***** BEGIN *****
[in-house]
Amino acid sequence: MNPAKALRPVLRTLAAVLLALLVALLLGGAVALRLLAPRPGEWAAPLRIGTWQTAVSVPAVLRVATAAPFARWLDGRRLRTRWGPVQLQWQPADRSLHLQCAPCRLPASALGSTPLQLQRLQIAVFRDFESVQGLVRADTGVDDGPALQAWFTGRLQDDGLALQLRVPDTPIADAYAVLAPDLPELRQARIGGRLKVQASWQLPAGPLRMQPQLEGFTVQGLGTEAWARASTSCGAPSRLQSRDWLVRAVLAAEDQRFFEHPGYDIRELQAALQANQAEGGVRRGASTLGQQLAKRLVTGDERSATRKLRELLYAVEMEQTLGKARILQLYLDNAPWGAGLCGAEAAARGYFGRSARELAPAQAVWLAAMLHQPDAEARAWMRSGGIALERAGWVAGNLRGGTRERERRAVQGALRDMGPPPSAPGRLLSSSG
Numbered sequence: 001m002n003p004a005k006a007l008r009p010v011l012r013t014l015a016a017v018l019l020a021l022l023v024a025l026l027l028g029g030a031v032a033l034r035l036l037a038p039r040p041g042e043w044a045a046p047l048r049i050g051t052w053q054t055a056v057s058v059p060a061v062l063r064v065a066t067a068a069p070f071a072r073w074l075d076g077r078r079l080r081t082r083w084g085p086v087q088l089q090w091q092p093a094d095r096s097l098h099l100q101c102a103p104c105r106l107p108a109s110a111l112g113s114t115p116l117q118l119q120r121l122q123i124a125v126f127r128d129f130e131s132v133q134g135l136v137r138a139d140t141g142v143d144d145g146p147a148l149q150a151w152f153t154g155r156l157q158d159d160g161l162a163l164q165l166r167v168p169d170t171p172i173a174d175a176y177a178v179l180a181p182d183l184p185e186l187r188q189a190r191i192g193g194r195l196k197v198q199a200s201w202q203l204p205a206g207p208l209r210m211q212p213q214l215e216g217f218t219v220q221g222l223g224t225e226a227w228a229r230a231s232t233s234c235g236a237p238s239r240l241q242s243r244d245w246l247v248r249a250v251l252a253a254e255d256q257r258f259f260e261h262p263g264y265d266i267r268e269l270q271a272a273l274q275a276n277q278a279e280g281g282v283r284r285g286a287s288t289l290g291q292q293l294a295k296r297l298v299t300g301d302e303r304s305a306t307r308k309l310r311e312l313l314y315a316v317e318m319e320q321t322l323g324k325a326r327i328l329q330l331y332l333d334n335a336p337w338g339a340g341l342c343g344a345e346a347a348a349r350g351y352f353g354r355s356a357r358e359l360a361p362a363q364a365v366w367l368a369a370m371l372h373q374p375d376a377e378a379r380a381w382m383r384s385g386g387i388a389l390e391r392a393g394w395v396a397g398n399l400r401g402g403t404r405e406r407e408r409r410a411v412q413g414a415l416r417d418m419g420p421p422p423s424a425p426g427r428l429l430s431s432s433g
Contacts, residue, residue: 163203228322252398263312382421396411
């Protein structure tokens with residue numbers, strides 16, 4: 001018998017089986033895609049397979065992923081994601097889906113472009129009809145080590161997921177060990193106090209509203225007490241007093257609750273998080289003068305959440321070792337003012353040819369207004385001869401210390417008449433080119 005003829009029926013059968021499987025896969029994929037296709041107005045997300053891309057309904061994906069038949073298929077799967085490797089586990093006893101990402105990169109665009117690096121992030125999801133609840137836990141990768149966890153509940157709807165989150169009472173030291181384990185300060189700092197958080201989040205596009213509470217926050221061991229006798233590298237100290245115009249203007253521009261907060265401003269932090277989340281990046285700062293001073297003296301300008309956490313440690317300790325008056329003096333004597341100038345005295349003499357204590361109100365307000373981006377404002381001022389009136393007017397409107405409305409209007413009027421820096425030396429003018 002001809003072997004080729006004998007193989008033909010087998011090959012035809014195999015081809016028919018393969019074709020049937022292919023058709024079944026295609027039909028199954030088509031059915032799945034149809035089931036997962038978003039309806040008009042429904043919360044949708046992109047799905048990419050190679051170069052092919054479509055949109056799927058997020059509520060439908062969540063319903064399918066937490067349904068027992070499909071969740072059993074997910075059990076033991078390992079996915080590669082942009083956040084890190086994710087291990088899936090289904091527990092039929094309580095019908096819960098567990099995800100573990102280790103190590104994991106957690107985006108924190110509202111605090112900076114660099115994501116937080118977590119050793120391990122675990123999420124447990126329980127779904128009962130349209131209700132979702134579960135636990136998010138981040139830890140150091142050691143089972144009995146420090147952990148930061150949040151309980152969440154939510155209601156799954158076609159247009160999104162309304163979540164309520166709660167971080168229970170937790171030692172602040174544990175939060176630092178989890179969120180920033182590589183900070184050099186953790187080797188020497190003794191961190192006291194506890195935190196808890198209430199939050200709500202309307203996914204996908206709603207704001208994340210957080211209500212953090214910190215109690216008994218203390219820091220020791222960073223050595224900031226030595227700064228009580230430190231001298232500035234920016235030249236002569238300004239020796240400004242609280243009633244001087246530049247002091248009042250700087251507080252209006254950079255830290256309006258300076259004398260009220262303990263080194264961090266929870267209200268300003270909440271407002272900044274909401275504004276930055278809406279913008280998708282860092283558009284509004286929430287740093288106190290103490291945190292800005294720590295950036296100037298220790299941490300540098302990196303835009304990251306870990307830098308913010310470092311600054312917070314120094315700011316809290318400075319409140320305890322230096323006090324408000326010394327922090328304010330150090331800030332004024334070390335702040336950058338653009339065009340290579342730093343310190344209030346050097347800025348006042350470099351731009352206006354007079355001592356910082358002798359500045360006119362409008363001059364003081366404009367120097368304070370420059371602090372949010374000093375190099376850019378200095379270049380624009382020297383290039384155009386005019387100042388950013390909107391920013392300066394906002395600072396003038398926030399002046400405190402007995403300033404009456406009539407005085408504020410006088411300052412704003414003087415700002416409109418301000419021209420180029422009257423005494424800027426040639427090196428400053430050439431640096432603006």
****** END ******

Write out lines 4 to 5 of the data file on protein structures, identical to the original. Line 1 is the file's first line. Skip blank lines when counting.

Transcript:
Contacts, residue, residue: 163203228322252398263312382421396411
């Protein structure tokens with residue numbers, strides 16, 4: 001018998017089986033895609049397979065992923081994601097889906113472009129009809145080590161997921177060990193106090209509203225007490241007093257609750273998080289003068305959440321070792337003012353040819369207004385001869401210390417008449433080119 005003829009029926013059968021499987025896969029994929037296709041107005045997300053891309057309904061994906069038949073298929077799967085490797089586990093006893101990402105990169109665009117690096121992030125999801133609840137836990141990768149966890153509940157709807165989150169009472173030291181384990185300060189700092197958080201989040205596009213509470217926050221061991229006798233590298237100290245115009249203007253521009261907060265401003269932090277989340281990046285700062293001073297003296301300008309956490313440690317300790325008056329003096333004597341100038345005295349003499357204590361109100365307000373981006377404002381001022389009136393007017397409107405409305409209007413009027421820096425030396429003018 002001809003072997004080729006004998007193989008033909010087998011090959012035809014195999015081809016028919018393969019074709020049937022292919023058709024079944026295609027039909028199954030088509031059915032799945034149809035089931036997962038978003039309806040008009042429904043919360044949708046992109047799905048990419050190679051170069052092919054479509055949109056799927058997020059509520060439908062969540063319903064399918066937490067349904068027992070499909071969740072059993074997910075059990076033991078390992079996915080590669082942009083956040084890190086994710087291990088899936090289904091527990092039929094309580095019908096819960098567990099995800100573990102280790103190590104994991106957690107985006108924190110509202111605090112900076114660099115994501116937080118977590119050793120391990122675990123999420124447990126329980127779904128009962130349209131209700132979702134579960135636990136998010138981040139830890140150091142050691143089972144009995146420090147952990148930061150949040151309980152969440154939510155209601156799954158076609159247009160999104162309304163979540164309520166709660167971080168229970170937790171030692172602040174544990175939060176630092178989890179969120180920033182590589183900070184050099186953790187080797188020497190003794191961190192006291194506890195935190196808890198209430199939050200709500202309307203996914204996908206709603207704001208994340210957080211209500212953090214910190215109690216008994218203390219820091220020791222960073223050595224900031226030595227700064228009580230430190231001298232500035234920016235030249236002569238300004239020796240400004242609280243009633244001087246530049247002091248009042250700087251507080252209006254950079255830290256309006258300076259004398260009220262303990263080194264961090266929870267209200268300003270909440271407002272900044274909401275504004276930055278809406279913008280998708282860092283558009284509004286929430287740093288106190290103490291945190292800005294720590295950036296100037298220790299941490300540098302990196303835009304990251306870990307830098308913010310470092311600054312917070314120094315700011316809290318400075319409140320305890322230096323006090324408000326010394327922090328304010330150090331800030332004024334070390335702040336950058338653009339065009340290579342730093343310190344209030346050097347800025348006042350470099351731009352206006354007079355001592356910082358002798359500045360006119362409008363001059364003081366404009367120097368304070370420059371602090372949010374000093375190099376850019378200095379270049380624009382020297383290039384155009386005019387100042388950013390909107391920013392300066394906002395600072396003038398926030399002046400405190402007995403300033404009456406009539407005085408504020410006088411300052412704003414003087415700002416409109418301000419021209420180029422009257423005494424800027426040639427090196428400053430050439431640096432603006």